On the off chance that any living producer has given a worthy reason time and again to escape the house and move down to a movie local theater, it would be Quentin Tarantino. For a man who has said he would retire after his tenth film to end on a high note, his recent work demonstrates that he’s rightly going to fulfill that cinematic prophecy.
The Hateful Eight in many fronts is Tarantino comeback big time to where he began with Reservoir Dogs, a tension filled, dialog driven standoff with energetic shady characters and an allegorical ticking time bomb under the table that would make Alfred Hitchcock give the thumbs up.
Funny, The Hateful Eight feels like a flawless spiritual pal piece to Django Unchained, after Robert Richardson’s mind blowing cinematography exploits the Ultra Panavision 70 clearing through the lovely mountains in a post-Civil War Wyoming snowstorm, the story settles in Minnie’s Haberdashery for the rest of the three hour running time and earns each moment we sitback and spend with eight drawing in characters that live up to the film’s title.
This firmly interwoven character driven combo is a huge reminder of how incredible Tarantino is with handling actors, an unmistakable example being Samuel L. Jackson as Major Marquis Warren – his most rounded and sharp performance since Jackie Brown.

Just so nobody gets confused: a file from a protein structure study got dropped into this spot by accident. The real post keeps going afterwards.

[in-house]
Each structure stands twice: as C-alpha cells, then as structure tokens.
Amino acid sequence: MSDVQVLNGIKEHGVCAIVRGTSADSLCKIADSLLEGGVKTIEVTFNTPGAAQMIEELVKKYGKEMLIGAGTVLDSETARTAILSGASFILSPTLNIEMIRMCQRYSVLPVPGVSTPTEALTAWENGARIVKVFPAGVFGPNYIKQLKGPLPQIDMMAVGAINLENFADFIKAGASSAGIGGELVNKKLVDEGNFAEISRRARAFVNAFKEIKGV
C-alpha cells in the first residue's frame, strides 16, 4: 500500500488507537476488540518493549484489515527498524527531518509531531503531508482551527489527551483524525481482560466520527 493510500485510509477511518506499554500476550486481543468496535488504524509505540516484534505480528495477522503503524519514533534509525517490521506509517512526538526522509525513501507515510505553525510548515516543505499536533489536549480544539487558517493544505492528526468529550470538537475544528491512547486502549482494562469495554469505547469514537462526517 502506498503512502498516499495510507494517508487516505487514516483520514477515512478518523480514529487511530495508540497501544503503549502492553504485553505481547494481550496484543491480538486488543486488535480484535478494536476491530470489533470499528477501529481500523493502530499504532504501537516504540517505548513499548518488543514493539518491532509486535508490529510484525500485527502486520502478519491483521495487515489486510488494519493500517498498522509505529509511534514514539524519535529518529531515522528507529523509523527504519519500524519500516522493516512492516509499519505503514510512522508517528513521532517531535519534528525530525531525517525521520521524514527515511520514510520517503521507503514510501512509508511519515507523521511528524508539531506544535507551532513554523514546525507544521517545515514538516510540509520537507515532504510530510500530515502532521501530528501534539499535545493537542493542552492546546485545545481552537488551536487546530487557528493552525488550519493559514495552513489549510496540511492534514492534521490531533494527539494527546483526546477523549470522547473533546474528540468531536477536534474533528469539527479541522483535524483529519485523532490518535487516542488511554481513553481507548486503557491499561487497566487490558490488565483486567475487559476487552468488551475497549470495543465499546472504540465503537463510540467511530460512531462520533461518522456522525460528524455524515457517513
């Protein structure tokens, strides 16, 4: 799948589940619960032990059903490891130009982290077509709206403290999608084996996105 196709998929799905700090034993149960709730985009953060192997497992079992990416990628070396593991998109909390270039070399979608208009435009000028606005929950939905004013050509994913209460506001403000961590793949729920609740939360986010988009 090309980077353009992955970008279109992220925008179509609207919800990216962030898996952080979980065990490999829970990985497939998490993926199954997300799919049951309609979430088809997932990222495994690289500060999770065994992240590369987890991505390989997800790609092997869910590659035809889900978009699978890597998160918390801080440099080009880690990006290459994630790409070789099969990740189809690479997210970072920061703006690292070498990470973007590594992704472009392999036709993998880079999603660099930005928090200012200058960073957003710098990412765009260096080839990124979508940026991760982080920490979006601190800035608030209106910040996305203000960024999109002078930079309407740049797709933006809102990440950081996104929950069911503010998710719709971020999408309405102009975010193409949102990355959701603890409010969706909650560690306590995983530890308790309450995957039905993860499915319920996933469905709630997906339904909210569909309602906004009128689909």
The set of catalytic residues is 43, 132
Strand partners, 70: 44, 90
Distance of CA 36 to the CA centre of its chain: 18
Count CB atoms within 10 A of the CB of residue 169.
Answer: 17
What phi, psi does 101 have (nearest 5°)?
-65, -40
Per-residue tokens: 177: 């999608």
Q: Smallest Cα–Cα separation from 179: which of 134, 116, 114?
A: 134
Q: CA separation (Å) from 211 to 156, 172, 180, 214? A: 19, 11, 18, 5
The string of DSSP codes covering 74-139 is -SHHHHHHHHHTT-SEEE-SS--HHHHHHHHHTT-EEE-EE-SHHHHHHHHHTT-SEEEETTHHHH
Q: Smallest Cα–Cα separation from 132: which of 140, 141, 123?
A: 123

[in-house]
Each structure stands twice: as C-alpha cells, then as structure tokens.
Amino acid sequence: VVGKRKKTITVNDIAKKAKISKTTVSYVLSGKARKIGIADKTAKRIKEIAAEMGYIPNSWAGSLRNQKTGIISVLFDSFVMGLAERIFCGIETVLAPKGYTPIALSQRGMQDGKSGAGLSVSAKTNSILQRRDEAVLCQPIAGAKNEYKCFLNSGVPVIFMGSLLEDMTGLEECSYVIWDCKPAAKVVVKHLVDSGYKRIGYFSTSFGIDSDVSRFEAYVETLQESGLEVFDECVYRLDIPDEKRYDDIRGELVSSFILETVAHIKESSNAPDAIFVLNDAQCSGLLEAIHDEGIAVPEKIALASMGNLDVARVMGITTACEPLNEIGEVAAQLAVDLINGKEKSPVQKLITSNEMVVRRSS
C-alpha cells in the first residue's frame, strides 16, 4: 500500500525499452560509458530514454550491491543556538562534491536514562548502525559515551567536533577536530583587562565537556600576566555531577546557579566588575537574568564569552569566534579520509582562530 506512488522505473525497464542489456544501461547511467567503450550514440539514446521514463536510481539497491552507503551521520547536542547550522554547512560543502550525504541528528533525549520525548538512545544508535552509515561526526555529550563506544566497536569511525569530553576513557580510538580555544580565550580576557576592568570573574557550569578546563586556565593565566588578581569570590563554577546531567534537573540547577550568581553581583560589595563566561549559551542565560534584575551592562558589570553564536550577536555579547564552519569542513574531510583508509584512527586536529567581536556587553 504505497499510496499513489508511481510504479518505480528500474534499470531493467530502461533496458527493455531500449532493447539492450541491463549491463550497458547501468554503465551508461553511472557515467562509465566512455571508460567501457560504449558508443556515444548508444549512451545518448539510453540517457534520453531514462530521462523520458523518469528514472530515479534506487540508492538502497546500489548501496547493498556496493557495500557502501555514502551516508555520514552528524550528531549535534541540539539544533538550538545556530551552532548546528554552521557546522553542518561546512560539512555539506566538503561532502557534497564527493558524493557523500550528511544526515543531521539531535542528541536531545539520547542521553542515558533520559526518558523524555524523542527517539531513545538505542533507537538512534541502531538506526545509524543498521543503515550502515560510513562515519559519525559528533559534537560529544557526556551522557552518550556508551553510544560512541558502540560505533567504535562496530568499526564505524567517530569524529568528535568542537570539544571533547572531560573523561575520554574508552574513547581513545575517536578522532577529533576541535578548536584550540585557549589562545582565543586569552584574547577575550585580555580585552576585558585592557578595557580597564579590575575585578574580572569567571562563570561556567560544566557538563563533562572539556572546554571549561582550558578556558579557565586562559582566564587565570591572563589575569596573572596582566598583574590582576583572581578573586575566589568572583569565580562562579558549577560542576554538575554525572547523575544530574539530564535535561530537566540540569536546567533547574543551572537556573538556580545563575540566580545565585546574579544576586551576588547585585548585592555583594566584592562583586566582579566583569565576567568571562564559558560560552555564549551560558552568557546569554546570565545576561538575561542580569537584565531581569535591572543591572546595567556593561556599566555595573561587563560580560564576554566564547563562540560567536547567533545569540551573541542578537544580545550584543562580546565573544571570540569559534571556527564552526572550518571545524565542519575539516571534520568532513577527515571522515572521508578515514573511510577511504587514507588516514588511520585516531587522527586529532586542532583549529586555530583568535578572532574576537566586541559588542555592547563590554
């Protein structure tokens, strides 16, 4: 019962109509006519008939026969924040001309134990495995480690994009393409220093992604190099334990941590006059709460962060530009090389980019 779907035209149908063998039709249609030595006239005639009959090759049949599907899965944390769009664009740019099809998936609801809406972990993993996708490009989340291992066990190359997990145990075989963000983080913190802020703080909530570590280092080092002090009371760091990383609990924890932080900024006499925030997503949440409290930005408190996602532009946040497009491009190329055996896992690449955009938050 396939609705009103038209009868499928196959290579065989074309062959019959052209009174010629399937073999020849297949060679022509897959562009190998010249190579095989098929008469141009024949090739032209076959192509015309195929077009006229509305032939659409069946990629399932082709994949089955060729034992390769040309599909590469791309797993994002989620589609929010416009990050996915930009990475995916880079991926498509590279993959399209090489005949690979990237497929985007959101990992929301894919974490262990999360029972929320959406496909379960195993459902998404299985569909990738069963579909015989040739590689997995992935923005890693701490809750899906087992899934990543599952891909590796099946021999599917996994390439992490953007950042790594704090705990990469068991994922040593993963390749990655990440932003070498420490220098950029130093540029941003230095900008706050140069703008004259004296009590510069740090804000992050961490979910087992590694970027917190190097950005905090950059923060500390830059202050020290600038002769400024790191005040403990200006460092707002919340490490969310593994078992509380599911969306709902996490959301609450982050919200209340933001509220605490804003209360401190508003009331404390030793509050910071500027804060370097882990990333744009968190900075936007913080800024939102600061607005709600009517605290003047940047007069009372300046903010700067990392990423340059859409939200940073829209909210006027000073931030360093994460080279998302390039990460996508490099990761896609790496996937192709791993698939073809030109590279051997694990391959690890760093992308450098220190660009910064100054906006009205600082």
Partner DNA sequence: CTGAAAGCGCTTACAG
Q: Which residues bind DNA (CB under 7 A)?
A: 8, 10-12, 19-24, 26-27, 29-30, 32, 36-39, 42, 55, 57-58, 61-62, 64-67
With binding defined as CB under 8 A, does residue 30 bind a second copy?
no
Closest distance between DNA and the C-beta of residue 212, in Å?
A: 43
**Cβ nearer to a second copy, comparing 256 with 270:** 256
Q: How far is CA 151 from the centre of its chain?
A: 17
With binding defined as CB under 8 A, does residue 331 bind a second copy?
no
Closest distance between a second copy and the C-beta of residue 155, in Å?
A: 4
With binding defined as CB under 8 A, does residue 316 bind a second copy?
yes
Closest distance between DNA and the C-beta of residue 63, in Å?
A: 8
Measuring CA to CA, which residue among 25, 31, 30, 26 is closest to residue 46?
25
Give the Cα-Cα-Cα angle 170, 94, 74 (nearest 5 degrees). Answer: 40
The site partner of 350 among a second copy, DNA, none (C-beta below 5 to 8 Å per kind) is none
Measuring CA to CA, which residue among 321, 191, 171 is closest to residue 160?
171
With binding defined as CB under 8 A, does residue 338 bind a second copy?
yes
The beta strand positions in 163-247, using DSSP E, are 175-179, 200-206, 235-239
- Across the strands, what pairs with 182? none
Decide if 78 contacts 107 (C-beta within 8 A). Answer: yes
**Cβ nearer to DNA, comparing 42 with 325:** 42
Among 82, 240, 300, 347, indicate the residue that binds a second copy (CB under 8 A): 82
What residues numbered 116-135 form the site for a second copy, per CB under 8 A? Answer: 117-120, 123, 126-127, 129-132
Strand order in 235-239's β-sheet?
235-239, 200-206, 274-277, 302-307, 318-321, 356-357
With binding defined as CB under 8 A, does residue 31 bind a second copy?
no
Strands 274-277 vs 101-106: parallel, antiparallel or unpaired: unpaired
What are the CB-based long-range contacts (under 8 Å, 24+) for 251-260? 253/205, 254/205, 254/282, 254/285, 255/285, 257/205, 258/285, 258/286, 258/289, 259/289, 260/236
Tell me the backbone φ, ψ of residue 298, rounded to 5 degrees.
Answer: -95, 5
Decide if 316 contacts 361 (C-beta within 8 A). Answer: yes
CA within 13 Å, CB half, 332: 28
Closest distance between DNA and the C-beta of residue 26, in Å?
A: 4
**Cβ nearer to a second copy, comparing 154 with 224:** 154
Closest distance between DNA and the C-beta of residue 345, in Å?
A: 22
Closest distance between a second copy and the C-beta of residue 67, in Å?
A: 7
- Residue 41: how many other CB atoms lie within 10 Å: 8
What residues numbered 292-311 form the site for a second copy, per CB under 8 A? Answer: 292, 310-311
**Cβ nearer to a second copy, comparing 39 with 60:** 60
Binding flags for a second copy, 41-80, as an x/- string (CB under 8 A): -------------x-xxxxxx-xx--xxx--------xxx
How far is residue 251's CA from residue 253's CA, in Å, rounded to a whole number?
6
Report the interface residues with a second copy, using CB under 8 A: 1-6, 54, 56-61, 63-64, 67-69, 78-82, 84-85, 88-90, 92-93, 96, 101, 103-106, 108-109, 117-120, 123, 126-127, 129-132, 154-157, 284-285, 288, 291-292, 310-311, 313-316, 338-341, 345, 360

Expectedly, Tarantino also demonstrates why his most favorite on-screen characters are underrated, making Walton Goggins as Chris Mannix the greatest astonishment, taking each minute he’s afforded without falling back on ham-fisted showboating. Jennifer Jason Leigh as Daisy Domergue is explosive and I couldn’t picture any other individual as this character. She’s was the perfect act for this role.
Balancing this remarkable movie cast is Kurt Russell, Demián Bichir, Tim Roth, Michael Madsen, Bruce Dern and to wrap things up, and exticing feature of Channing Tatum. Ennio Morricone has created a superb score that is brimming with suspence and incorporates three unused tracks from John Carpenter’s The Thing, which in many ways also have an immense impact on this film as well.
Of course, it just wouldn’t be a Tarantino film without some of his pop jukebox enchantment to complete the icing of the film and you can expect some fun inspired picks by the likes of David Hess, The White Stripes and Roy Orbison.
A thought-out intermission brings up the unraveling mystery as the tension soared higher where Tarantino gives way for his trademark bloody carnage to explode like the fireworks of July, leaving yet another memorable addition to his great filmography.
Despite the fact that it’s heart breaking to know he has just two more before he resigns, it puts a grin all over realizing that he’s going to make the most of those two. In the event that you have a craving for going to the messy old west with eight of the most furiously shady entertaining characters this side of the cold mountain for three hours of cinematic anarchy and happiness over the holidays and into the New Year, I can promise that The Hateful Eight won’t disappoint you.
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